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Posted by on Oct 28, 2017 in Marriage | 0 comments

The Power of the Prenup

The person you marry is not the person you divorce—my uncle learned that the hard way. He was a strapping young lad, and she, a fine young woman. Together, they were supposed to live happily ever after and had three children, a big house, and a strong financial future. My family would always visit them and have the time of our lives. We would go fishing, paintballing, ride four wheelers, and swim as much as we could before eating a delicious meal and falling asleep at the end of a long day. Then all of a sudden, it started to change. Smiles were not so natural, stresses began to grow, and eventually, the knot got loose and became untied. My cousins took it hard, and my uncle eventually got remarried.

People change, and that’s life. I don’t hold it against either one of them, but the courts seemed to side a little more in her favor. She got full custody of the boys, legally moved as far away as she could across the county, received the maximum amount of child support, in addition to alimony, and took half of my uncle’s retirement. Our family was shocked and disappointed, but we still keep her in the loop and treat her as the mother of my cousins.

What upset my uncle the most was only being allowed to see his kids every other weekend. During the week, he drives nearly two hours through traffic on Tuesdays and Thursdays to support them at sports practice and other extracurriculars, but I know he wishes he could be there more. He loves his kids with all of his heart, but the courts didn’t really care to take that into consideration. Since he didn’t sign a prenuptial agreement, as suggested by these Georgia Family Law Attorneys, they ended up siding with her. He worked for eight years as a military man, and went to work right afterwards in a strong professional career. He saved his money, living frugally, and invested heavily in his retirement so he could provide a financially secure and bright future for his family.

His story isn’t the only one I’ve heard of either. Across the country, nearly 40 percent of first-time marriages end in divorce. After that, second marriages have about a 60 percent chance, and third marriages increase to over a 70 percent chance of ending in divorce. The younger generations seem to be more reluctant to get married right away, and many are more inclined to pursue a common law marriage after living together for a while. A lot of my friends are taking it slow, and even though they’ve been together for years, there isn’t really a rush to seal the deal and get married.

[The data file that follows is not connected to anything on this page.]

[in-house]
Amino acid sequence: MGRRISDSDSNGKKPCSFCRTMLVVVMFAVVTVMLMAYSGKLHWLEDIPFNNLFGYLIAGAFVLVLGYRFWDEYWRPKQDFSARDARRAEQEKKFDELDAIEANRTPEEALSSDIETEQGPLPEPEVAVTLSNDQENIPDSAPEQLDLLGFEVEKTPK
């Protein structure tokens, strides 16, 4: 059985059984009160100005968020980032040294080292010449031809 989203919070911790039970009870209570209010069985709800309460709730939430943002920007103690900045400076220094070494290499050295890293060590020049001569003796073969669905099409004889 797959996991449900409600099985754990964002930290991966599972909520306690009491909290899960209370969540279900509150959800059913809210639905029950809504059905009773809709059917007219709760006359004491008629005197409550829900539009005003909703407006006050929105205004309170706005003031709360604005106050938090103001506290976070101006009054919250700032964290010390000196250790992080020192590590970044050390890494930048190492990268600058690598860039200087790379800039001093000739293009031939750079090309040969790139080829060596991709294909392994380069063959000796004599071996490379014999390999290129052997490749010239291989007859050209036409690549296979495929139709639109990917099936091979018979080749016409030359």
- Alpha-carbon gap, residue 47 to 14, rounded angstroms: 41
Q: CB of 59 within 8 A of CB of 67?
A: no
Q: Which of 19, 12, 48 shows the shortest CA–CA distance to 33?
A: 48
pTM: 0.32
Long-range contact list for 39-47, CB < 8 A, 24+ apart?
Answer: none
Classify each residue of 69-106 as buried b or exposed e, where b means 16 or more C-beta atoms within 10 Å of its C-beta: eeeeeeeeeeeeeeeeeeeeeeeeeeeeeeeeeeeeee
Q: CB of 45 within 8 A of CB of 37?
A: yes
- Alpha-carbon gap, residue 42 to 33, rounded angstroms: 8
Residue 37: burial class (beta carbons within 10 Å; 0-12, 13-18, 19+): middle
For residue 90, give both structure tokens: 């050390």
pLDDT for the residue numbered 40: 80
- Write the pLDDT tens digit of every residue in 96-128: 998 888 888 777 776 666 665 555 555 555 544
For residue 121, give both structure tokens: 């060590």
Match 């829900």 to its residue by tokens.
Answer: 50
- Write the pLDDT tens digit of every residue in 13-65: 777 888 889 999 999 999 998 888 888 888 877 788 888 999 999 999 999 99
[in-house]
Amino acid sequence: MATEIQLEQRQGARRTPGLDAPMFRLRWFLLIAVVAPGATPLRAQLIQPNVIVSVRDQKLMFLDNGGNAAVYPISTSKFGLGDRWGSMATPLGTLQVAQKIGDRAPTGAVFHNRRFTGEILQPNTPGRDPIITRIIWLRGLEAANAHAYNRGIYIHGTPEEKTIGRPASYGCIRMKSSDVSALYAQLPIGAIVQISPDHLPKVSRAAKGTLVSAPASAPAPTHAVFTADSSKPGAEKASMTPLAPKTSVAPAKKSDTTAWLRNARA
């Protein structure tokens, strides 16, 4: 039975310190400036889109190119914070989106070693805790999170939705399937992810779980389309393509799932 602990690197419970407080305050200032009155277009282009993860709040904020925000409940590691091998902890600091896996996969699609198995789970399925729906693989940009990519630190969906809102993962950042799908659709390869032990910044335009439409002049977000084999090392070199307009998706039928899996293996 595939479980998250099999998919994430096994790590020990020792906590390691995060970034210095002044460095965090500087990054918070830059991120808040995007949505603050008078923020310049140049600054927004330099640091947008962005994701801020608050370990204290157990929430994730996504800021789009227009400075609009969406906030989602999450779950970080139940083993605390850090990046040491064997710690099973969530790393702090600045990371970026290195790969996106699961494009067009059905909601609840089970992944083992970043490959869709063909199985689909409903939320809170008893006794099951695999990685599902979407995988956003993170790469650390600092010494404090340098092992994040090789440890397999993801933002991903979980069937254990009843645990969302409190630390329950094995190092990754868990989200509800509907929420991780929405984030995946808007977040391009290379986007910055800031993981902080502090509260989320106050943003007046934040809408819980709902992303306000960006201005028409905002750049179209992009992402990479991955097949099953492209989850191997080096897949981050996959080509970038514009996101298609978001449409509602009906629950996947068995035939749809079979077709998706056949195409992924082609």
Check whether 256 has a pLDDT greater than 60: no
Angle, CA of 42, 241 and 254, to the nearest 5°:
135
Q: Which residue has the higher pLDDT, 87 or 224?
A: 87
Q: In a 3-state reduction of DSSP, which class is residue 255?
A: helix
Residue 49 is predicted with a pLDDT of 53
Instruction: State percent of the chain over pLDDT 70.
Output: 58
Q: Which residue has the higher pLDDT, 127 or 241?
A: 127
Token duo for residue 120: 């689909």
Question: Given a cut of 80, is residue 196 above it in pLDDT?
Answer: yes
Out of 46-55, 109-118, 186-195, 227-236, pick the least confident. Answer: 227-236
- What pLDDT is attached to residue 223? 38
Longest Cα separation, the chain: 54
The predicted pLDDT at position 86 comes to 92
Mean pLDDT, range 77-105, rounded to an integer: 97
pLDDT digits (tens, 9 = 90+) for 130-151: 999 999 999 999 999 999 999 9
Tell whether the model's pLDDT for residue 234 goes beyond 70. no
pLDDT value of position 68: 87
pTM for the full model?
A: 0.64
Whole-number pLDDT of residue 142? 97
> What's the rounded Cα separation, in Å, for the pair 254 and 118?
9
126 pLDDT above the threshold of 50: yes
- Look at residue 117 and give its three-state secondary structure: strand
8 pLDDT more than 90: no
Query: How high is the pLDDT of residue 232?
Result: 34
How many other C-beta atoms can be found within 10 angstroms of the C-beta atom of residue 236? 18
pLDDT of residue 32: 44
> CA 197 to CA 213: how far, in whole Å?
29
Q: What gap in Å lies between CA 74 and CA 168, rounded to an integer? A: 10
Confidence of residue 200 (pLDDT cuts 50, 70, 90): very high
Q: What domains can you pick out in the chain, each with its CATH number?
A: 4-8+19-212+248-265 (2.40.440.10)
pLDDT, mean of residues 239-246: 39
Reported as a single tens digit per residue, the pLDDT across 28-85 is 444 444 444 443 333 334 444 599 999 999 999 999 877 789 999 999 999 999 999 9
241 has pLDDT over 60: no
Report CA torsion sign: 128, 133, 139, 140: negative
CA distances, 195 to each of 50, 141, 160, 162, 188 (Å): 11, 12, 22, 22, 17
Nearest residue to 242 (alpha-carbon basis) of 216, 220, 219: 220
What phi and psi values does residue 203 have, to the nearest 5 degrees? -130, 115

My realtor and his “wife” are taking that approach, and they swear they will never get married because they claim the ceremony will bring bad luck. They’re as happy as can be and have been together nine years. They’re also easy going and fun people to be around, so maybe it’s all coincidence, but I appreciate their happiness and commitment to each other.

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Posted by on Apr 2, 2015 in Marriage | 0 comments

How Financial Problems can affect a Marriage

Ask any married couple — every single one of them has had their fair share of setbacks. It is a natural response; after all, that is what happens when you don’t always see eye to eye about some things. Kathleen Snyder’s Marriage Like New: Therapy for Couples website says that some disagreements can be healthy, as they promote collaboration and compromise with one another, helping each other see from another point of view. Nobody can be right about everything all the time and that extra voice from a different point of view can more than aid with someone’s personal growth.

However, more often enough for most married couples enters a third party that may threaten the foundation of the relationship: finances.

Financial instability or problems can become obstacles that can get in the way and cause havoc between couples. There is a lot of stress that comes with finances and this is more than understandable. Individually, a person collects debts and a credit history that needs paying off at some point and being married means that the pair of these individuals must share the burden of these setbacks – for better and for worse. Some people might even threaten and see divorce as the better option than admitting the defeat that surrounds the word “bankruptcy.”

It is nothing but a common misconception that bankruptcy is the end-all of those who are desperate and with no other option. In fact, more often than not, it is filing for bankruptcy that can save you from total destitution. It is often filing for bankruptcy that allows some couples to pay off their debts in a way that gets them to financial freedom while still enjoying a happy, comfortable lifestyle that suits them and their profession. Not only that but the payment plans with bankruptcies can also clear credit histories, allowing for you and your partner to start anew without having to break anything off and away.

There are solutions to every problem and it does not always been giving something up to start again. Do not hesitate to call for help when you think that you really need it; the faster you ask for it, the sooner you need not fall into hasty, desperation-born decisions that you might regret later on.

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